SALT LAKE CITY — Utah is going to be among hundreds of applicants vying for Amazon's planned secondary headquarters, but one official says the state is unlikely to be drawn into a bidding war that could see competing enticements expressed in billions of dollars.
Thanks to the company whose corporate logo has been variably interpreted as a smile or an arrow, a frenzy is afoot among North American cities, states and provinces hoping to lure Amazon and its prize of $5 billion in capital investment and the gargantuan economic impacts that come with the 50,000 expected to eventually work there.
But critics say the trend of overextending on incentive offers — a practice they say is simply taxpayer-fueled corporate subsidizing — typically leads to economic results closer to the aftermath of an encounter with an arrow than a smiling face.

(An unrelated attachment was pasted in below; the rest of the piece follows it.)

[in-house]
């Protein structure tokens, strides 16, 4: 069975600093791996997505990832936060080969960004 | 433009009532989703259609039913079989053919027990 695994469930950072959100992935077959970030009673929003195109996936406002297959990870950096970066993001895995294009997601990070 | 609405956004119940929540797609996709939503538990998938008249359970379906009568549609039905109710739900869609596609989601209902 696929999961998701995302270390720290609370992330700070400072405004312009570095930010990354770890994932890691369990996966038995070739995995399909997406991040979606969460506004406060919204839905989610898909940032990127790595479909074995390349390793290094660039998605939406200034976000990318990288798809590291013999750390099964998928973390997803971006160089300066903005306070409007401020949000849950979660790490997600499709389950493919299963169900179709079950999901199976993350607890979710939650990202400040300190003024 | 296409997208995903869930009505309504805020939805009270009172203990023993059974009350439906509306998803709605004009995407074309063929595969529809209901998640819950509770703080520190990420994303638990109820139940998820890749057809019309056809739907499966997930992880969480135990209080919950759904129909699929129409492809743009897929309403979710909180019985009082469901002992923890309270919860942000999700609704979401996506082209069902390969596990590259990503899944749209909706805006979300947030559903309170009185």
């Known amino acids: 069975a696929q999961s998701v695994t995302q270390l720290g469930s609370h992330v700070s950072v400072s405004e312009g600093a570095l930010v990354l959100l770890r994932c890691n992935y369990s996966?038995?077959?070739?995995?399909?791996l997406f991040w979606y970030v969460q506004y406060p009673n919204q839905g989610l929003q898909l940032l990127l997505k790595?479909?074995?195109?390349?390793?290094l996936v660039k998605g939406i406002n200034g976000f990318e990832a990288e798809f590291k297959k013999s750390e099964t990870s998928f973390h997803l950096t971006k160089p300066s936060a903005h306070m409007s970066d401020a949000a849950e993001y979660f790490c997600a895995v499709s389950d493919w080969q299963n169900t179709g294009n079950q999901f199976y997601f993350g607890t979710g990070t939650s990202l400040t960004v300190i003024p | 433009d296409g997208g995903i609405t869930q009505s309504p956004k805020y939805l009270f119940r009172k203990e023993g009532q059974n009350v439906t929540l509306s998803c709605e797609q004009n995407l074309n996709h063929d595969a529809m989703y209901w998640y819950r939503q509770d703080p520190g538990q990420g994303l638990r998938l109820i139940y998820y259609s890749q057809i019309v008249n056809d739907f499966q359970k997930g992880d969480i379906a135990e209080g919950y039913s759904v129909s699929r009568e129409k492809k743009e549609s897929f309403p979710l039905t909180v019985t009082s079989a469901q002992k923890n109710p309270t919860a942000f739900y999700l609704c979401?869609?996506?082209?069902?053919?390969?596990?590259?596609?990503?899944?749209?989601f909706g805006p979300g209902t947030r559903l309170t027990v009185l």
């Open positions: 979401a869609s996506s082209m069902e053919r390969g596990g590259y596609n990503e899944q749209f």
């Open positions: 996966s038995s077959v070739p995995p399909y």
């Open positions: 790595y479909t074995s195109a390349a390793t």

"State and local governments have been in a destructive race to attract capital and have been spending and squandering resources in these pursuits," said Iowa State University economist David Swenson. "It's frequently the case that these deals don't pencil out and the recipients never generate the kind of economic activity that makes the taxpayers whole again."
Swenson said the practice of government entities offering incentive packages has devolved over the past decade. Public entities once had the goal of maximizing economic impacts, like job creation, with a minimum investment of public dollars, but a new approach has upended that philosophy.